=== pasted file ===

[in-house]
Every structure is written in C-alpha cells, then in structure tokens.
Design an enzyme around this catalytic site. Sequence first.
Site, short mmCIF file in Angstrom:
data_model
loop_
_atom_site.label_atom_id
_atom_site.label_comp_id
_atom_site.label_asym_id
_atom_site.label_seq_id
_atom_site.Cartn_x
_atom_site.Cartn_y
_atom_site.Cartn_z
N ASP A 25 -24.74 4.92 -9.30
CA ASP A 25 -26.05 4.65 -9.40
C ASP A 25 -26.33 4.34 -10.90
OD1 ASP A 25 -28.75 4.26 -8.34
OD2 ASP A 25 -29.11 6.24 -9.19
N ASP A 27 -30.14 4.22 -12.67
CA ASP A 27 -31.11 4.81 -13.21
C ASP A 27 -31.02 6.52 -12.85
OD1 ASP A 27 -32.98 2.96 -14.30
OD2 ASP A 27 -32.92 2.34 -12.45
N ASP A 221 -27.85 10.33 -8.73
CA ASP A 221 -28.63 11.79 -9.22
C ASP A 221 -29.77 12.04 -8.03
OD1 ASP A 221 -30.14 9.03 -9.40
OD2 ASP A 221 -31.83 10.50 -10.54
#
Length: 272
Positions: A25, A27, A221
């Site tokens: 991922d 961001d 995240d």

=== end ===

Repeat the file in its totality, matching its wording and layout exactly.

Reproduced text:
[in-house]
Every structure is written in C-alpha cells, then in structure tokens.
Design an enzyme around this catalytic site. Sequence first.
Site, short mmCIF file in Angstrom:
data_model
loop_
_atom_site.label_atom_id
_atom_site.label_comp_id
_atom_site.label_asym_id
_atom_site.label_seq_id
_atom_site.Cartn_x
_atom_site.Cartn_y
_atom_site.Cartn_z
N ASP A 25 -24.74 4.92 -9.30
CA ASP A 25 -26.05 4.65 -9.40
C ASP A 25 -26.33 4.34 -10.90
OD1 ASP A 25 -28.75 4.26 -8.34
OD2 ASP A 25 -29.11 6.24 -9.19
N ASP A 27 -30.14 4.22 -12.67
CA ASP A 27 -31.11 4.81 -13.21
C ASP A 27 -31.02 6.52 -12.85
OD1 ASP A 27 -32.98 2.96 -14.30
OD2 ASP A 27 -32.92 2.34 -12.45
N ASP A 221 -27.85 10.33 -8.73
CA ASP A 221 -28.63 11.79 -9.22
C ASP A 221 -29.77 12.04 -8.03
OD1 ASP A 221 -30.14 9.03 -9.40
OD2 ASP A 221 -31.83 10.50 -10.54
#
Length: 272
Positions: A25, A27, A221
């Site tokens: 991922d 961001d 995240d």